Ah yes I forgot to say my vets emergency and overnight care is in one of the practices so we had continued care with his vets when he was admitted for 2 weeks.

My vets group is in 6 locations so not huge but big enough to provide a large amount of services. I often ask for a specific vet depending on what the issue is with my dog as they list their specialisms online.

pigsDOfly Mon 25-May-20 12:07:35

Yes, that sounds about right.

Don't forget insurance for your pooch.

Get the best cover you can afford and always go with a lifetime policy, not yearly.

I'm with Pet Plan. They're not the cheapest but they pay out quickly and regularly and don't increase your premiums because you make a claim. Does increase with age though.

CMOTDibbler Mon 25-May-20 14:34:26

Ask around, imo its a lot more important than flashy services. The rescue I foster for uses a vet which looks incredibly tatty from the outside, and is v old fashioned in looks. But they really care for the dogs, are absolutely lovely, and do a great job. When more specialised surgery is needed, they will refer.
My vets are a bit bigger, but I really like their no nonsense attitude (but I know some people don't). And they are 5 mins in the car which is a big difference in an emergency. Both do their own out of hours, and overnight. I wouldn't use a vet which didn't.

WhySeaEmm Mon 25-May-20 17:16:51

I've been wondering this too so thanks for the thread. There's one right by me that's 24/7 but there's another 5 mins away which has much better reviews, however no out of hours (have to go in car 10 mins for that).

AmateurDeLaVie Mon 25-May-20 23:38:09

Thank you, a lot of food for thought. We have a vet literally within a 5 min walk but it seems a fairly small basic practice for routine procedures - so I don't think worth considering in light of your advice. There is a big swanky practice within 20 min drive, allegedly award-winning, including in (which is supposed to select winners based on customer feedback). Various specialists, digital imaging, laser something for joints (??), laparoscopy etc. Will ring them tomorrow.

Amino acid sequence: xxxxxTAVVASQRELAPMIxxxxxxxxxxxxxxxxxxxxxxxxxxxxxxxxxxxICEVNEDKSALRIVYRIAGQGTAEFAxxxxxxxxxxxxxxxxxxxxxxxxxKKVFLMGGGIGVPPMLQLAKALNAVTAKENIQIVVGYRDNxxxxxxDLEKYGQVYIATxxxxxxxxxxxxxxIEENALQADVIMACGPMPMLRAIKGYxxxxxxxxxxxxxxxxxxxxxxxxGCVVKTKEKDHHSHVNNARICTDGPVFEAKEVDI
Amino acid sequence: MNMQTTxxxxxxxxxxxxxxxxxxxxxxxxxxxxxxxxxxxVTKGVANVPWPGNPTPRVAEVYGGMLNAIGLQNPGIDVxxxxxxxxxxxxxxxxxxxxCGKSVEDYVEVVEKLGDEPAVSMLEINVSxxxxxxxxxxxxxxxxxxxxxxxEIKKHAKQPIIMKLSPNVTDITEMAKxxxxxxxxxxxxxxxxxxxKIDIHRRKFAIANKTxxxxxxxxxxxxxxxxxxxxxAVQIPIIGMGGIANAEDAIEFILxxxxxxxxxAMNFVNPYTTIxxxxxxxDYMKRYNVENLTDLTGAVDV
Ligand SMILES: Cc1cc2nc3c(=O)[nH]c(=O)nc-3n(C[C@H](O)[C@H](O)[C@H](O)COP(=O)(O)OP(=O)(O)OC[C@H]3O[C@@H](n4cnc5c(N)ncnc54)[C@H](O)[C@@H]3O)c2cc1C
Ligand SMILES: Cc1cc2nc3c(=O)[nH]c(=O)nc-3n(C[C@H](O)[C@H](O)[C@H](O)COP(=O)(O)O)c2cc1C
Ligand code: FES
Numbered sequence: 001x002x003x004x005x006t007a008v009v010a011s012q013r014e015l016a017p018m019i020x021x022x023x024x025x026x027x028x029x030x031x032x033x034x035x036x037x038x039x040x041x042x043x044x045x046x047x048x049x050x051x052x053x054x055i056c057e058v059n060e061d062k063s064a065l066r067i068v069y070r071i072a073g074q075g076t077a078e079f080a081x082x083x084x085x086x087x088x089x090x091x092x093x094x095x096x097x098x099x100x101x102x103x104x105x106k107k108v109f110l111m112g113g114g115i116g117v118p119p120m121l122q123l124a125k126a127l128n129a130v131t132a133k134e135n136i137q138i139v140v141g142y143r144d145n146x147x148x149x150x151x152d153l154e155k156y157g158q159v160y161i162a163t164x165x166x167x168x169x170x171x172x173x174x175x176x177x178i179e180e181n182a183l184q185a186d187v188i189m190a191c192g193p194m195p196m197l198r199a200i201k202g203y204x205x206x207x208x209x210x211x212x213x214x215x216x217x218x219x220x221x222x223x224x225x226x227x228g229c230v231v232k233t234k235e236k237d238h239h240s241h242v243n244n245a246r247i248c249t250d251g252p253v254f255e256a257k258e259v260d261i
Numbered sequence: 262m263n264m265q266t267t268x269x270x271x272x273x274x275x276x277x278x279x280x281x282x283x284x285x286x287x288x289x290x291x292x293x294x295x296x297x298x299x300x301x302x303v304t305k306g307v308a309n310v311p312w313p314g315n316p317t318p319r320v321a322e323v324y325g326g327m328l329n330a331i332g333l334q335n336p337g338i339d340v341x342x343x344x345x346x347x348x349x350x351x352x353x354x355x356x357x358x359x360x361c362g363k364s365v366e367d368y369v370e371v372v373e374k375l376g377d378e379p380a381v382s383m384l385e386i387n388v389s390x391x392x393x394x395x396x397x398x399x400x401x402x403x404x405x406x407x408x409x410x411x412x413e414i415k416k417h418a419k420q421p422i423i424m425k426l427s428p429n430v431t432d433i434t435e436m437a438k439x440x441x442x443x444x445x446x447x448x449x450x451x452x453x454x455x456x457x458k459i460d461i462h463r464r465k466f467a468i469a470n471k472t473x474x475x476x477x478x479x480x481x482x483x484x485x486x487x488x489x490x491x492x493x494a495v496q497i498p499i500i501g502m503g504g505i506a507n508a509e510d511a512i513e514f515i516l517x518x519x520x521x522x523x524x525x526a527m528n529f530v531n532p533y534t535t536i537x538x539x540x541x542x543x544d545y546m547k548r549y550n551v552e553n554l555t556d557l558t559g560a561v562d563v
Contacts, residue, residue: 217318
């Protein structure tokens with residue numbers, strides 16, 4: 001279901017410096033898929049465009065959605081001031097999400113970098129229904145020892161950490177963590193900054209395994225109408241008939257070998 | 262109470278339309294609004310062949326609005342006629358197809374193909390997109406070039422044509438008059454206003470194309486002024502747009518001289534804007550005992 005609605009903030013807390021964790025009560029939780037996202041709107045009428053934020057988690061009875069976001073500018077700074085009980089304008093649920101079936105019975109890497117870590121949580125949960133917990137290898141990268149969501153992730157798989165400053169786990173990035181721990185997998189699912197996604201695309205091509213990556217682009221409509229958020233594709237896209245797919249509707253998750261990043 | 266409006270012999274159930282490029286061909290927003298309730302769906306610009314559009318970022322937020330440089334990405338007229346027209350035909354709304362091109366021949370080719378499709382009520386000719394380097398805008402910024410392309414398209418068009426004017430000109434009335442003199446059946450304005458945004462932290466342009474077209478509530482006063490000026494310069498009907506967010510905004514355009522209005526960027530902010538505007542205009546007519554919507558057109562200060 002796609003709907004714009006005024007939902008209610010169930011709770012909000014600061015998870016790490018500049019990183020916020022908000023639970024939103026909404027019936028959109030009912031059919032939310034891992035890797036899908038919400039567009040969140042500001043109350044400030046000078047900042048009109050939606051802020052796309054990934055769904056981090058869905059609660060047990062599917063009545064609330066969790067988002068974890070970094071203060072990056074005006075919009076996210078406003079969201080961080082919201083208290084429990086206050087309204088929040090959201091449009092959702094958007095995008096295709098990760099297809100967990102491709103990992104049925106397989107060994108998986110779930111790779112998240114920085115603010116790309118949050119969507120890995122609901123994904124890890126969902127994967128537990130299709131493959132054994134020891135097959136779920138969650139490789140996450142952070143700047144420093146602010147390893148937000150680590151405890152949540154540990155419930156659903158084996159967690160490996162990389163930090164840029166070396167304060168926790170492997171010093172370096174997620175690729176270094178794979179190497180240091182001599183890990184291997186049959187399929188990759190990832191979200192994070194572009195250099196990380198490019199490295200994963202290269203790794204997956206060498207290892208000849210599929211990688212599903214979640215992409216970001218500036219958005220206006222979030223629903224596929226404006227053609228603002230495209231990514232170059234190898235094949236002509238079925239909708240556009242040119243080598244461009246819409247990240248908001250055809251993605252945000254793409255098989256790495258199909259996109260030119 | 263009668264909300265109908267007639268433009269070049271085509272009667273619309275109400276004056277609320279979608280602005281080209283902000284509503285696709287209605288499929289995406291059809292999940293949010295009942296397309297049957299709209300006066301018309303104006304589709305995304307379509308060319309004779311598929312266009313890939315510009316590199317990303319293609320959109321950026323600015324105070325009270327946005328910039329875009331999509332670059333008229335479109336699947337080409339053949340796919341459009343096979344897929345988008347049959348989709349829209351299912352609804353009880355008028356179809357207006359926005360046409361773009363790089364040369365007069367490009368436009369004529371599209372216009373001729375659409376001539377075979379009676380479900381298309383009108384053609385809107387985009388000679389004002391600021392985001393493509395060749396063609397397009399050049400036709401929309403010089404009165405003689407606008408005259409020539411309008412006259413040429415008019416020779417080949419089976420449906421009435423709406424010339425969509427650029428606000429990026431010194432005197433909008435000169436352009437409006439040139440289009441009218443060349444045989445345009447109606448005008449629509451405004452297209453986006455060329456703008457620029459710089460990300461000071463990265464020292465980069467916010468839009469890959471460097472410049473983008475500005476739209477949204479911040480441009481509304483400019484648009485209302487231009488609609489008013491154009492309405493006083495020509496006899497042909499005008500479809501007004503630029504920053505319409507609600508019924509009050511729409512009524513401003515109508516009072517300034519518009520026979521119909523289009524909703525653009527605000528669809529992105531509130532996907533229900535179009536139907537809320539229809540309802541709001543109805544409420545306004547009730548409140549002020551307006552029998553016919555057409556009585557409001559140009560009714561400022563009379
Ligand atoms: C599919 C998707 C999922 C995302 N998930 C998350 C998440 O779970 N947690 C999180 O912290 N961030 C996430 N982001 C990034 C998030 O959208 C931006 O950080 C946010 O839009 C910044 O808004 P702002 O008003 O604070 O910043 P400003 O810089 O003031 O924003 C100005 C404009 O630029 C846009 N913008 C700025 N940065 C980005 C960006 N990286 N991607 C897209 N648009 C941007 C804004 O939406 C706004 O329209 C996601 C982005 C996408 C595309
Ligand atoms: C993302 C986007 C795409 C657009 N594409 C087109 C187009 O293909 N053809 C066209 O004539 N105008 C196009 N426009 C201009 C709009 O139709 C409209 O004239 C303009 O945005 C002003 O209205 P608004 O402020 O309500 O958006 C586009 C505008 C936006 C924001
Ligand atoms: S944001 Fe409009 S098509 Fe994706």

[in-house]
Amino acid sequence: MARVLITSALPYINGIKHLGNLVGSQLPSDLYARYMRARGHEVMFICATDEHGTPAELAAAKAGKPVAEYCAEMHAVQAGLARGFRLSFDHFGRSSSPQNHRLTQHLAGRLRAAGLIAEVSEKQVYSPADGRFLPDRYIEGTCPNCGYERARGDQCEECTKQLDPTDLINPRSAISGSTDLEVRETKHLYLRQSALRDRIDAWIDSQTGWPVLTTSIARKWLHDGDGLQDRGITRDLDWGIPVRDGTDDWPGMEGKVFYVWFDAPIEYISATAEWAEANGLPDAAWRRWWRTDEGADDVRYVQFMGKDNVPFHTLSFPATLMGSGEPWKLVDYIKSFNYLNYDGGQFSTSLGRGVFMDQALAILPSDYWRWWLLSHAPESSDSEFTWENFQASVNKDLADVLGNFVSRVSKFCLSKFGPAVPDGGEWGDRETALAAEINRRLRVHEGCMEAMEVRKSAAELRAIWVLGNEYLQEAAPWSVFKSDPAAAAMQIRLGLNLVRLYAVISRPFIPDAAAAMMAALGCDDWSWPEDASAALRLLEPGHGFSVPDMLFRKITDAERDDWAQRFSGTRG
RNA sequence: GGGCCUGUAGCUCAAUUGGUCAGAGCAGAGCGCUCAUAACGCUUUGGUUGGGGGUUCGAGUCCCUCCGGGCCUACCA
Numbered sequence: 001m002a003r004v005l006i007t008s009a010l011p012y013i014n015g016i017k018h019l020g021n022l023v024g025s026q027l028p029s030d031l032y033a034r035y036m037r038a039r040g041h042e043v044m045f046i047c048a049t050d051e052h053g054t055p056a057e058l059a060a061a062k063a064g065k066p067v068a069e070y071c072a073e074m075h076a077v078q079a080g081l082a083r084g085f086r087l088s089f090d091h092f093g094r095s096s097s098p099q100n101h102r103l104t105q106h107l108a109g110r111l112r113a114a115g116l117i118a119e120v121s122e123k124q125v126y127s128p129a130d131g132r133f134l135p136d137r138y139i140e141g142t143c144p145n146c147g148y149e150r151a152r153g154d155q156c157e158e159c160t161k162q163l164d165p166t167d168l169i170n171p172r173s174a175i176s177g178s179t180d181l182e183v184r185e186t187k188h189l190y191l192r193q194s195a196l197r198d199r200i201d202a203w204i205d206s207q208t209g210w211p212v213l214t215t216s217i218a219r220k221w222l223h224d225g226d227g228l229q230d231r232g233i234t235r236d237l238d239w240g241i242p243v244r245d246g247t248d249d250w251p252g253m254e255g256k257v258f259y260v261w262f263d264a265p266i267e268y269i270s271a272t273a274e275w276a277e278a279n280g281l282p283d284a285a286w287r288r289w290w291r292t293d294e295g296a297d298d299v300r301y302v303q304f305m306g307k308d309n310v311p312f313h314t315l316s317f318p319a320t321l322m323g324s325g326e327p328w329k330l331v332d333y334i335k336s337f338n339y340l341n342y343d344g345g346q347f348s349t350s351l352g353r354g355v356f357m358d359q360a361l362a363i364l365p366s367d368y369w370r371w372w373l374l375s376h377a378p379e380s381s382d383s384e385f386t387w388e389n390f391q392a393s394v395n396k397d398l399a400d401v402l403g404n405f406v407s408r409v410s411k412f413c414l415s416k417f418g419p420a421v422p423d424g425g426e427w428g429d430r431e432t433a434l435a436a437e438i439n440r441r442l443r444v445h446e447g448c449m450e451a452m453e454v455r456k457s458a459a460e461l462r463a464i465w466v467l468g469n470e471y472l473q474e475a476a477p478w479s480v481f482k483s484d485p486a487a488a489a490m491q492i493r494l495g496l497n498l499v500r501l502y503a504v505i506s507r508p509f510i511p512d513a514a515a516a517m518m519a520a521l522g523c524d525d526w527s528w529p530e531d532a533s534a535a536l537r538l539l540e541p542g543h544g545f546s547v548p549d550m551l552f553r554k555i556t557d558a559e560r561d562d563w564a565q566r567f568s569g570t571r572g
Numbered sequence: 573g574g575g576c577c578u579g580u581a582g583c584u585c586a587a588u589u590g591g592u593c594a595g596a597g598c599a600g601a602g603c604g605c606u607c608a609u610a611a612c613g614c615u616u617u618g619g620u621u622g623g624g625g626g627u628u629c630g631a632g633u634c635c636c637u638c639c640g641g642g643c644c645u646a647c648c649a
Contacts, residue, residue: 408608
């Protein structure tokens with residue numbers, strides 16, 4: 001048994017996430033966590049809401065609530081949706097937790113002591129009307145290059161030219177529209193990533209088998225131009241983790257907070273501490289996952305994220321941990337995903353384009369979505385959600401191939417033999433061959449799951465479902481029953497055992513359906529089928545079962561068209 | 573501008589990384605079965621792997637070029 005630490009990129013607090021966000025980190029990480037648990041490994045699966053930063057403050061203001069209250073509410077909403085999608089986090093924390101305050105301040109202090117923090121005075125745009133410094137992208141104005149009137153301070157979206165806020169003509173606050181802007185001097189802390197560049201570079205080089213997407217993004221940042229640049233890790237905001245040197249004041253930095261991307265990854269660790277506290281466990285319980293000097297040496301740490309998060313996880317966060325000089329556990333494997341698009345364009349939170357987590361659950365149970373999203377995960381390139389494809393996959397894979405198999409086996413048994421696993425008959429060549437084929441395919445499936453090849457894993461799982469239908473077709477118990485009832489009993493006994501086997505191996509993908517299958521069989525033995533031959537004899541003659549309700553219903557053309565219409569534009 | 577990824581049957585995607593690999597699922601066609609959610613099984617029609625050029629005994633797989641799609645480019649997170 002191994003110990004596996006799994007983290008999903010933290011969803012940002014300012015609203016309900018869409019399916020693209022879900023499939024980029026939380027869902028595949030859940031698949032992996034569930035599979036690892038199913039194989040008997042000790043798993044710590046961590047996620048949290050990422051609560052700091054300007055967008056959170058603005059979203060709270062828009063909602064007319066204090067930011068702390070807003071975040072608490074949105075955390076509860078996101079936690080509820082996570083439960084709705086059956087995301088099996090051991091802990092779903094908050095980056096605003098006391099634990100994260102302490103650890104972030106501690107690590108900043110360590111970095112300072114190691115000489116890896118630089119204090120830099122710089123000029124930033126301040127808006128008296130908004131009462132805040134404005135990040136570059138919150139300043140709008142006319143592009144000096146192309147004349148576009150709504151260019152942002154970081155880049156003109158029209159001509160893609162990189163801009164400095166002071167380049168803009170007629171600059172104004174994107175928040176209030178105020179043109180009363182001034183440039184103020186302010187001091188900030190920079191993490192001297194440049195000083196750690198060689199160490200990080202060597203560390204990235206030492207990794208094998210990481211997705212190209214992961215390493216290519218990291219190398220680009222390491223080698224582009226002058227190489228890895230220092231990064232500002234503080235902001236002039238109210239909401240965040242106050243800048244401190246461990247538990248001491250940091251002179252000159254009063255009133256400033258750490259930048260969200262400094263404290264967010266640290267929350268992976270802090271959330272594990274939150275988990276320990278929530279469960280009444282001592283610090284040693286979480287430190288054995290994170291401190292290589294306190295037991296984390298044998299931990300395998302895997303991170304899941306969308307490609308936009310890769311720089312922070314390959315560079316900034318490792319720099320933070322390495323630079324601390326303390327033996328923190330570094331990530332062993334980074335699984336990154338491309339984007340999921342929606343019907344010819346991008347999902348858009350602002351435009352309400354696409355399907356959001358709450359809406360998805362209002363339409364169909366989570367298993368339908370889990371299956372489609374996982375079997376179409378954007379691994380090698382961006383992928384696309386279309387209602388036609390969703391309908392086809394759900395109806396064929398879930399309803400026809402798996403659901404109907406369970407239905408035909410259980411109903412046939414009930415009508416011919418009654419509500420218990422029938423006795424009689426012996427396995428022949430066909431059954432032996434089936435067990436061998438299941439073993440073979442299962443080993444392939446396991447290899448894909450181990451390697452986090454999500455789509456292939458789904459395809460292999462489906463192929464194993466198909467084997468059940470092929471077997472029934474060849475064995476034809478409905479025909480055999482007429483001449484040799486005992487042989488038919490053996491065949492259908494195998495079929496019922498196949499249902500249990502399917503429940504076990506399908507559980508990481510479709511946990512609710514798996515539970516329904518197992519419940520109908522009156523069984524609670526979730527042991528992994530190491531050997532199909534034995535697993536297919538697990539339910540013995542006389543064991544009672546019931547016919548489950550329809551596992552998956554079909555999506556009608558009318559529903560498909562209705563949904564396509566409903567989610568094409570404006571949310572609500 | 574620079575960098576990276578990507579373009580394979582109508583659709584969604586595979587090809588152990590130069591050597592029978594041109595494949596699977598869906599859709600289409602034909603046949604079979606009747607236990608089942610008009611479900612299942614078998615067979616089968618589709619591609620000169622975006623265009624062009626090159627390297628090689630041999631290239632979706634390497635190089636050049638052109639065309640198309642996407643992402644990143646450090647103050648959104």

Good point about pet insurance, it was my next question! I am also leaning towards Petplan - I have a pleasant delusion that if a company specializes in a particular product, eg pet insurance, it is more competent and reliable than an insurance supermarket. I specified life cover, and the options in the quote range from £40 / month for Classic (£4000 in vet fees per year, £1000 complementary treatment) to Classic+ (£7k in vet fees, £1k in complementary) to £65/ month for Ultimate (£12,000 per year in vet fees, £2,000 in complementary treatment). I am thinking the middle option, £7k in vet fees, but it is totally unsubstantiated by any real knowledge of what treatments a puppy might need in the first year...

OP’s posts: |
pigsDOfly Tue 26-May-20 16:45:19

I'm with the £7000 one.

It's hard to know tbh if it's going to be enough unless you've got a crystal ball.

My dog is 9 years old now and we're still okay. Claimed quite a bit but no major operations, which would push up the vet fees considerably.

The premiums are a bit eye watering now though, but I either go on paying, just in case, or cancel it and put money aside.

It's just been renewed so at the moment I'm still paying.

BiteyShark Tue 26-May-20 17:33:59

I have the 4k one and regret not going for the highest tbh. We have claimed around £5k already and he is 4 this year. We narrowly avoided a 5k operation a while back after an accident and I know someone who had over a £10k bill from cancer treatment for a relatively young dog.

AmateurDeLaVie Tue 26-May-20 23:28:46

Thank you for sharing your experiences. It's such a gamble with insurance... I think we'll go for the £7k cover as well.

OP’s posts: |

Join the discussion

To comment on this thread you need to create a Mumsnet account.

Join Mumsnet

Already have a Mumsnet account? Log in